Blueridgebuttercream Posted 22 Feb 2012 , 12:19am
post #1 of

So far I've only done cakes for family and friends, but I'm going to be making my first wedding cake in October, or possibly in July. I'll be practicing my tiered cakes in the months to come to make sure my creations are up to scratch, so to speak, and able to be transported two hours away.

In my research, I'm finding a variety of opinions on custard-type fillings. I'm not interested in not-from-scratch options for fillings. So I'm curious what kind of fillings do you offer for wedding cakes? Are custards and curds not stable enough for wedding cakes? Does the climate you are in make a difference to whether you use them or not?

Thanks for your opinions!

4 replies
melanie-1221 Posted 22 Feb 2012 , 1:12am
post #2 of

I try to stick with flavored butter cream fillings for wedding cakes as they sit without refrigeration for a pretty considerable amount of time in many cases and I just don't want the liability of someone getting sick from a perishable filling like a custard or mousse. I leave that liability to the local bakeries.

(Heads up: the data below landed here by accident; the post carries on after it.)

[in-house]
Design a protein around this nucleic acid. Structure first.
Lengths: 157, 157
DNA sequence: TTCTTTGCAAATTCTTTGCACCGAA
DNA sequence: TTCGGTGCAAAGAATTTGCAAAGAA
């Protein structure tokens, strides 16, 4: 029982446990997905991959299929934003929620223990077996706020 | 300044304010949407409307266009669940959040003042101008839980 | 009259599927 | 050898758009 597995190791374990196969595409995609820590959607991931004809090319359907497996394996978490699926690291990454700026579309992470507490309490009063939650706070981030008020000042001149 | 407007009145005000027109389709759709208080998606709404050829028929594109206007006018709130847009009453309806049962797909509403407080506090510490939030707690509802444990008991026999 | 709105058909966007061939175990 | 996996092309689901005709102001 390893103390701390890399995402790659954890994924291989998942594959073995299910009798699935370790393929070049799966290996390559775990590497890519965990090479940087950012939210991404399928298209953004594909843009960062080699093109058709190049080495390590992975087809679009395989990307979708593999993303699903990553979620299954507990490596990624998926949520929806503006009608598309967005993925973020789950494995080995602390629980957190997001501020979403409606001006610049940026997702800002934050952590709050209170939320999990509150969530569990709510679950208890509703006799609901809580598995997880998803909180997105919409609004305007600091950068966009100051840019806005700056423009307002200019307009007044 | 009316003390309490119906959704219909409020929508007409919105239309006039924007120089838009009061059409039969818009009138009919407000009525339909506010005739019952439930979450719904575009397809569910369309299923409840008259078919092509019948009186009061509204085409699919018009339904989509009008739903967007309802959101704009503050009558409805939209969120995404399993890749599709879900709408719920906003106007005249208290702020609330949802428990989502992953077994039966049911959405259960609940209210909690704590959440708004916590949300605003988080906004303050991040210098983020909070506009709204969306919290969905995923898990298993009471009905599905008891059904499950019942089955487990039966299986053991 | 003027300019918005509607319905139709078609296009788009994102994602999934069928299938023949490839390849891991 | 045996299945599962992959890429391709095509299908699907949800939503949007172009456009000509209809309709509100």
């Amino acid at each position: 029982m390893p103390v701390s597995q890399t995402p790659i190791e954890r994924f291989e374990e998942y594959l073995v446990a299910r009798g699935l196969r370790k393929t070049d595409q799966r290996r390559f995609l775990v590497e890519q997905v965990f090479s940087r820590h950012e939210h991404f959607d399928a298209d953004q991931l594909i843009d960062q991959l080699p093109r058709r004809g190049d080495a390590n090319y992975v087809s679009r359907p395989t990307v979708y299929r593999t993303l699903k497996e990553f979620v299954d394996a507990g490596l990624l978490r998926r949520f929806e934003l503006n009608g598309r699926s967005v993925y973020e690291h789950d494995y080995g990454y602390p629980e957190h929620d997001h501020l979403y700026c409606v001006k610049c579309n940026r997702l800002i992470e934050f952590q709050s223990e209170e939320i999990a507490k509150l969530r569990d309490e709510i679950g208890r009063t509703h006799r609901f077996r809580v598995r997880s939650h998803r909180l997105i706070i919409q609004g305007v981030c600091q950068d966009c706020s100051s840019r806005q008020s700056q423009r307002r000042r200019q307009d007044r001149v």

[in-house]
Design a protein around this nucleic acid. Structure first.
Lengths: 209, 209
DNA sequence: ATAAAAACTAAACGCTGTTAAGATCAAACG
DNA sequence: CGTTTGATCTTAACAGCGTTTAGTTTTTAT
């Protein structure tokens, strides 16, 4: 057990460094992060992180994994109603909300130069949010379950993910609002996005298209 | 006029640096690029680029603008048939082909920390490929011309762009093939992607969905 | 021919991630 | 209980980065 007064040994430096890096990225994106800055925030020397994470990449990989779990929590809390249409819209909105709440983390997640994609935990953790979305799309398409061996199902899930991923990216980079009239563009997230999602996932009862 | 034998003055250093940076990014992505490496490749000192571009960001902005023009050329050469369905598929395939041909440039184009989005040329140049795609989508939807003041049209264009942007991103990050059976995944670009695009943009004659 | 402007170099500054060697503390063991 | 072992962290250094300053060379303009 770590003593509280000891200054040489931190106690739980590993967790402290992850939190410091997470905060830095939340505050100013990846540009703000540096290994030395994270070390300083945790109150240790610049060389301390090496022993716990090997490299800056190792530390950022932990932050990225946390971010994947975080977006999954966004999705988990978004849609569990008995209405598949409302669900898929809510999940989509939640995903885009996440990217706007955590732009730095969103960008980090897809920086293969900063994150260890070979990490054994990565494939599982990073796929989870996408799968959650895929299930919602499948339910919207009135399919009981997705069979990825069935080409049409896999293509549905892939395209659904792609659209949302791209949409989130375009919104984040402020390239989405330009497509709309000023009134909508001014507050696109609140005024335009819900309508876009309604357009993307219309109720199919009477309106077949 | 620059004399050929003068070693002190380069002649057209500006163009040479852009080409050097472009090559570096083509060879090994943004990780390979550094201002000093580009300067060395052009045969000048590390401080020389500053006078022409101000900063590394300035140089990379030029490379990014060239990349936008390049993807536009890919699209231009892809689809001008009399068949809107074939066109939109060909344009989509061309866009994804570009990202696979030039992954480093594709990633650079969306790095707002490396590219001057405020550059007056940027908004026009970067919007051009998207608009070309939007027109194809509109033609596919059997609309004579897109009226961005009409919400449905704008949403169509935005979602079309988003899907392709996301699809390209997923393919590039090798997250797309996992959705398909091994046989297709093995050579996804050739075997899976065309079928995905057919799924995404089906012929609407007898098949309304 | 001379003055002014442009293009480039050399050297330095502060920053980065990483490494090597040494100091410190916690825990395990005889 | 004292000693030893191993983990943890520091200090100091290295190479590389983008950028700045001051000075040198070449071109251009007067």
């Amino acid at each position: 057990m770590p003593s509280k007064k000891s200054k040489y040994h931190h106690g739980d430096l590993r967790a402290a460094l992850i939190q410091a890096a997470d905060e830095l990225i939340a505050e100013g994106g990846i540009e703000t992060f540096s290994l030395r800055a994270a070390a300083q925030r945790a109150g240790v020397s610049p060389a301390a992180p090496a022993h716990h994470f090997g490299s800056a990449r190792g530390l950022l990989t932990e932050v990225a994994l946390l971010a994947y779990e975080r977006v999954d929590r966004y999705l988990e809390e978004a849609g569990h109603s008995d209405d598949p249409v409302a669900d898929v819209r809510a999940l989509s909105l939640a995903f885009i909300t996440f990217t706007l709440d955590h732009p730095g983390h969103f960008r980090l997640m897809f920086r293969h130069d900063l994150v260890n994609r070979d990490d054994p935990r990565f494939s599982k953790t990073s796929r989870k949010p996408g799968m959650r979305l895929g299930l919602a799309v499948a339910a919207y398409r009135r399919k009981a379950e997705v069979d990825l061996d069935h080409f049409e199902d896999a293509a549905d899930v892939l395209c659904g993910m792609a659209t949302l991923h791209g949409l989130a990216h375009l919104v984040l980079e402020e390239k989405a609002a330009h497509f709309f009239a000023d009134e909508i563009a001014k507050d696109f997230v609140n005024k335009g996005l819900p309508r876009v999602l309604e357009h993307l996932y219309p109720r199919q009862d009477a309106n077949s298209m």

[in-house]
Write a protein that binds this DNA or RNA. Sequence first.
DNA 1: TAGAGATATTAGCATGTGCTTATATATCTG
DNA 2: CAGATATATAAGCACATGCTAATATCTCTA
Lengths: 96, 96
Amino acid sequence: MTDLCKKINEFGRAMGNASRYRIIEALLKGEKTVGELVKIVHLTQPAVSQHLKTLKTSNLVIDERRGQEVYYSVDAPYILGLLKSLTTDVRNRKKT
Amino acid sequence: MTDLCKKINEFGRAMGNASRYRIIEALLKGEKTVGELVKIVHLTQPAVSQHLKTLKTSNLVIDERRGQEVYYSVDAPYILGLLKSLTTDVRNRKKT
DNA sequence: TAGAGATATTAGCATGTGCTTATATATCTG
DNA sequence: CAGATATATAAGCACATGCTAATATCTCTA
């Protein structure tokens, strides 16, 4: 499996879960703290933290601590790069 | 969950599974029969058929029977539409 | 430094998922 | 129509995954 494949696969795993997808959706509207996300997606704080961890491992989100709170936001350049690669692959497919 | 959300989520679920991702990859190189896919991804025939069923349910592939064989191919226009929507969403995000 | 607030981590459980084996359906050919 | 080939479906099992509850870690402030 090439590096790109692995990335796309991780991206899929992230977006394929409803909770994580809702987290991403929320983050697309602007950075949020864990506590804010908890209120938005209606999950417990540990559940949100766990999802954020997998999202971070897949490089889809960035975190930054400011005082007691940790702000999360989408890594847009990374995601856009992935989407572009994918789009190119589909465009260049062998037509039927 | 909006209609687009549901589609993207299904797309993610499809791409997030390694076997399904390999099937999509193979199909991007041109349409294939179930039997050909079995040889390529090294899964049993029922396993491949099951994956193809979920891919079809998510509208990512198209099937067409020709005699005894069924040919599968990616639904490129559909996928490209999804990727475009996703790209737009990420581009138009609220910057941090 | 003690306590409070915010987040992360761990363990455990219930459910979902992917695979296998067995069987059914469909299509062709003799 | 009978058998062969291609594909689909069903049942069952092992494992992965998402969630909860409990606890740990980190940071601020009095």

For family party cakes I do use whipped chocolate ganache, and custards and they do hold up just fine under any of my icings and fondant provided I make a good stiff dam.

Blueridgebuttercream Posted 22 Feb 2012 , 1:17am
post #3 of

Thanks, Melanie. What do you use for a dam? American buttercream made very stiff with lots of powdered sugar? I've been using SMBC for most of my icings, so would it be best to have the dam made of American BC to get it stiffer?

melanie-1221 Posted 22 Feb 2012 , 1:28am
post #4 of

Yes, that is exactly what I do to make the dam. I add powdered sugar to my American Buttercream until I can just about roll it into ropes it's so stiff.
So far that has worked great for holding in my fillings and also not crushing under heavy icing.

costumeczar Posted 22 Feb 2012 , 2:15am
post #5 of

I do flavored meringue buttercreams, truffle fillings, and fruit preserves and citrus curds. The curds and preserves are a thin layer, not a 1/4" thick layer of goop. I usually use those if I torte a cake, with two layers of the curd and one layer of buttercream.

Quote by @%username% on %date%

%body%